San Francisco Easy on Drivers Responsible for Preventable Bus Accidents 1As I’ve said before, getting hit by a bus has to be one of the worst nightmares imaginable. Clearly, much of the responsibility lies with pedestrians to be careful and avoid accidents. But far too often, San Francisco pedestrians are involved in bus preventable bus accidents due to inexperienced or incompetent bus drivers. A new report by the San Francisco Examiner found that although many preventable accidents are caused by bus drivers who have been in preventable accidents before, the city plans to fire very few drivers.

In 2010, the report found, there were 379 preventable bus accidents which involved 348 bus drivers. Of those, four drivers had three preventable accidents, 23 had two, and 321 had one. Still, the report found that the San Francisco Municipal Transportation Agency is only considering firing seven drivers. Here’s how the Examiner describes the San Francisco MTA’s procecdure following a bus accident:

When a collision is determined to be avoidable, the driver is counseled about the error, trained and given a written warning, according to Paul Rose, a spokesman for the SFMTA, which operates Muni. Depending on how serious the accident was, the driver might be suspended for two days or 10 days, or get fired.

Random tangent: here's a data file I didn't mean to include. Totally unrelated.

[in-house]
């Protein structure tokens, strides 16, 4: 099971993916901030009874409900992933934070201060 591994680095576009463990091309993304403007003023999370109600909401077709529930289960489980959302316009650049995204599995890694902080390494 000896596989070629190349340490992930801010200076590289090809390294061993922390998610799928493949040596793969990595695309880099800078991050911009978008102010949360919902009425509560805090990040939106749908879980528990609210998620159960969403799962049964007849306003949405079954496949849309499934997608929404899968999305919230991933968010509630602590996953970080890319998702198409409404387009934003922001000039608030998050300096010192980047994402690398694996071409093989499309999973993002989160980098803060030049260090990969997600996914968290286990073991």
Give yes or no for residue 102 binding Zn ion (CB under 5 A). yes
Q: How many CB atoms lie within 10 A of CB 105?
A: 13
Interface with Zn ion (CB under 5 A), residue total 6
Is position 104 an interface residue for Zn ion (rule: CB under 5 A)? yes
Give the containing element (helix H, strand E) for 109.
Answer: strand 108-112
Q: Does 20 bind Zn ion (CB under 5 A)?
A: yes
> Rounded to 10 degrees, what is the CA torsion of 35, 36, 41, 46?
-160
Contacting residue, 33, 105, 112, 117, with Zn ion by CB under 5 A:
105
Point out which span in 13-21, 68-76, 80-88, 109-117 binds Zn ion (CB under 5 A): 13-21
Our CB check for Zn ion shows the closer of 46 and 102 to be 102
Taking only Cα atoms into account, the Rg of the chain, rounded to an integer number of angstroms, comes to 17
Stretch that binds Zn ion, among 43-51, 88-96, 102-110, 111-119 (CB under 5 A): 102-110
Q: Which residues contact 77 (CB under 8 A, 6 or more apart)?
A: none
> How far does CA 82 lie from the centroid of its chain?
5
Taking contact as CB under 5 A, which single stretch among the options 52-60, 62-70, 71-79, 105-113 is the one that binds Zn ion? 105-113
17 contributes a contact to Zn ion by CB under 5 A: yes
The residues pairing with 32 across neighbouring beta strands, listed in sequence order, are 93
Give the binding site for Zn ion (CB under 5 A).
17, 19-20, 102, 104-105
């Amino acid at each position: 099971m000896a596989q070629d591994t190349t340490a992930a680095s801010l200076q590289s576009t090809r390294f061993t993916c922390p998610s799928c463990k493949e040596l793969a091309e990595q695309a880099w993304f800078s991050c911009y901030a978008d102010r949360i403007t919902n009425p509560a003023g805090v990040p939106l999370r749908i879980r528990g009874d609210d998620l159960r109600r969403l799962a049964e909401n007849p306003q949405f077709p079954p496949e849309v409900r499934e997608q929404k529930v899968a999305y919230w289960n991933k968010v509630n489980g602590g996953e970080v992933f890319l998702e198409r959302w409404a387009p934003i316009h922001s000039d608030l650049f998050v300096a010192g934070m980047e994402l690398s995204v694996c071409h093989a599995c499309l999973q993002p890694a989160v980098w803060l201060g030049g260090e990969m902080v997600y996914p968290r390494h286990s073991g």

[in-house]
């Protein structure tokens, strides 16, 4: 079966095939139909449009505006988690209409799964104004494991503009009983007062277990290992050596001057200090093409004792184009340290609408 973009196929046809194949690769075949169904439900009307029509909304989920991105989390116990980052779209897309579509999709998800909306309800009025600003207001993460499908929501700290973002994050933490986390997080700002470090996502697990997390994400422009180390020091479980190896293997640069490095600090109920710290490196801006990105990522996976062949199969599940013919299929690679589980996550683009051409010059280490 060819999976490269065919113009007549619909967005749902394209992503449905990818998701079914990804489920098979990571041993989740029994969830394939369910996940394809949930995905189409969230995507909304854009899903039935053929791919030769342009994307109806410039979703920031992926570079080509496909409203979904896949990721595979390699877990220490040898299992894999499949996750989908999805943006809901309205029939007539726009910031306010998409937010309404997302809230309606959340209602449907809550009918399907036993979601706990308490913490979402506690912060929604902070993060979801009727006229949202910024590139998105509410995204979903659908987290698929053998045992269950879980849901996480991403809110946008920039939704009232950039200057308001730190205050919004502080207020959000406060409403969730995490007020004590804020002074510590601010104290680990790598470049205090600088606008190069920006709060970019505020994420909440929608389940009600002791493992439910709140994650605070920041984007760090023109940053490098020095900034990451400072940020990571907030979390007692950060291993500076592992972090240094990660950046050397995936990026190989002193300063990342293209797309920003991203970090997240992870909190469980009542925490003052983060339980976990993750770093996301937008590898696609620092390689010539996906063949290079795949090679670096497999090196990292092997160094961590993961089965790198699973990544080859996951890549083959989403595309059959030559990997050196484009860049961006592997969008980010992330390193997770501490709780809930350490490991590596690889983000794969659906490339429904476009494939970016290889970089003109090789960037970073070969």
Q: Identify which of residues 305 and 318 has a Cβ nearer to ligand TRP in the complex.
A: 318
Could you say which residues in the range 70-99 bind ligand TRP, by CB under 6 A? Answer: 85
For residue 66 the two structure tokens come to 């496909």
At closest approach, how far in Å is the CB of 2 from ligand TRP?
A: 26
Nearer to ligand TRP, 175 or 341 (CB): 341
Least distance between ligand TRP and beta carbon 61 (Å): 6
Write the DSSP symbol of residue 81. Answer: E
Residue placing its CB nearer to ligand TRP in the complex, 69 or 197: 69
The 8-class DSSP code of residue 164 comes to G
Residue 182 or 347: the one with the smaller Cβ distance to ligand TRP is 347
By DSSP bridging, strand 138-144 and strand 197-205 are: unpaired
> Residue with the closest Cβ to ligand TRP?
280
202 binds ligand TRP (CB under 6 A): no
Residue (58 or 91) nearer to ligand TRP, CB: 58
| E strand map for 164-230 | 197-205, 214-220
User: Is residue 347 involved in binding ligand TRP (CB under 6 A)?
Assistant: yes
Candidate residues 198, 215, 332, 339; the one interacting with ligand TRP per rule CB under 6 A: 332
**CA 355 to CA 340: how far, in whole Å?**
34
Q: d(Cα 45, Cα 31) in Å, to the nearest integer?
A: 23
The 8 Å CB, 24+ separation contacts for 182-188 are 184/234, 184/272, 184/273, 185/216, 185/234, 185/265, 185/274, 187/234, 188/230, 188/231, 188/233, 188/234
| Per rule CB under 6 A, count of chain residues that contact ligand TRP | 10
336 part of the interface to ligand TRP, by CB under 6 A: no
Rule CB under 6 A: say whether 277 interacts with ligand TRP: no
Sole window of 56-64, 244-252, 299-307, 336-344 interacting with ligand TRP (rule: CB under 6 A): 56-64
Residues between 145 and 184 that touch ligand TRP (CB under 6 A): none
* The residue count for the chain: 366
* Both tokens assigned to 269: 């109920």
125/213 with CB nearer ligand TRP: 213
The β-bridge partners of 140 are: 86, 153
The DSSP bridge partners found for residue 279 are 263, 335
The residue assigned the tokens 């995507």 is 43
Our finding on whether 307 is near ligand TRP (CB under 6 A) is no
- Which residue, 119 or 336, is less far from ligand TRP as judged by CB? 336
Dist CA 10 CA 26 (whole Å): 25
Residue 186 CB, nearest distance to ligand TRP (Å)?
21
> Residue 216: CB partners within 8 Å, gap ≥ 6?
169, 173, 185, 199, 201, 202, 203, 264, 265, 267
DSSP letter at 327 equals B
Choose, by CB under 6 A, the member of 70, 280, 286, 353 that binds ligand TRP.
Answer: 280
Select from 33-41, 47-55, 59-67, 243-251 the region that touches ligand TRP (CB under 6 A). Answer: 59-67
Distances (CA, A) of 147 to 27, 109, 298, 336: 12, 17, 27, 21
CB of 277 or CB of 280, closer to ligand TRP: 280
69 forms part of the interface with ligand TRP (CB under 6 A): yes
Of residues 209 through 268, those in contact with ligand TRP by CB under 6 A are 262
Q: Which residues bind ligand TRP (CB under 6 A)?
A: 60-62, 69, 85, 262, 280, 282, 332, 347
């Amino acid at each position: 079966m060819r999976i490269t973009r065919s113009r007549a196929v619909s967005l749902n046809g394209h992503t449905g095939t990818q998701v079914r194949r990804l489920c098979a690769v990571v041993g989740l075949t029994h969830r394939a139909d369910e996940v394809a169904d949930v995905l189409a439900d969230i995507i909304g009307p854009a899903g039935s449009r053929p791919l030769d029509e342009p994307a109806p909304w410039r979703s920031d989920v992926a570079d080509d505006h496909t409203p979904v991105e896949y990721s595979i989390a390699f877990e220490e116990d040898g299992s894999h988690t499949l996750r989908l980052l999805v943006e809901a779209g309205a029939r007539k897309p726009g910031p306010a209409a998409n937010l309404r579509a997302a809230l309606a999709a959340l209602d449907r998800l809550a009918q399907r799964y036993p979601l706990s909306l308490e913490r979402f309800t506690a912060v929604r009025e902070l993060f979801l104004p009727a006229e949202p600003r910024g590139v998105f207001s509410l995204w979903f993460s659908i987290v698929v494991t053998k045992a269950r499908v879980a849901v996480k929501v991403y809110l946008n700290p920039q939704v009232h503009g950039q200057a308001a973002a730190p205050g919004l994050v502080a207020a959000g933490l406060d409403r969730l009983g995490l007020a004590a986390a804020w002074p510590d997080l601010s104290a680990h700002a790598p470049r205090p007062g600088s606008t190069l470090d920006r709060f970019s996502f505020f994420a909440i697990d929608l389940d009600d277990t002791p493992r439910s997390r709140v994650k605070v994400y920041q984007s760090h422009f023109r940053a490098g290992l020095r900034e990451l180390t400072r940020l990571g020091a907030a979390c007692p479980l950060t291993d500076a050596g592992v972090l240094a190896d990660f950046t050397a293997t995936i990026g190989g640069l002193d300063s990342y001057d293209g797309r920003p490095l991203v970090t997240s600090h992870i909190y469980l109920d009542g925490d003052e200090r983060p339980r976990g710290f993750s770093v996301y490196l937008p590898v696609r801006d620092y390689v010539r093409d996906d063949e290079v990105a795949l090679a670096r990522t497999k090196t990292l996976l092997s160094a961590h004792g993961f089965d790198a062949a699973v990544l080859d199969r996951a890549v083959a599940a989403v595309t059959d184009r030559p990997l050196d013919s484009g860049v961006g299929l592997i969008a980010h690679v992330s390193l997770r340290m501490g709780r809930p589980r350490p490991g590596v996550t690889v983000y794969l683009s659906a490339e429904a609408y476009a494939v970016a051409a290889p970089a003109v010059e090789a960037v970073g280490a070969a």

But Rose said operators’ records are cleared after 12 months, meaning some drivers could be responsible for minor accidents every year without more than a written warning. He said past major accidents can be taken into consideration if suspension or dismissal is being considered.

Paul Rose, a spokesman for the SFMTA said the bus accident numbers show that most Muni drivers are safe. “Ninety-nine percent have either zero or only one preventable collision,” he said, “and that’s saying that the vast majority of our operators are exceptional at what they do.” Walter Scott III, a spokesman for the bus drivers’ union said the numbers are encouraging considering that bus drivers carry 700,000 people while driving a 40-foot vehicle and dodging distracted pedestrians.

While it’s true that many Muni drivers are great at their difficult jobs (and often thankless), the record shows that preventable bus accidents are far too common in San Francisco. Even just from a financial perspective, it would be in the city’s interest to fire bus drivers who are consistently involved in preventable bus accidents. Last month, for example, the city settled a personal injury lawsuit with a passenger injured in a train accident for $2 million.

So to improve pedestrian safety and save San Francisco a bundle, the SFMTA should get tough on drivers involved in preventable bus accidents.

Photo credit: randychiu

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Andy Gillin

Andy Gillin received his Bachelor’s Degree from the University of California at Berkeley and his law degree from the University of Chicago. He is the managing partner of GJEL Accident Attorneys and has written and lectured in the field of plaintiffs’ personal injury law for numerous organizations. Andy is a highly recognized wrongful death lawyer in California.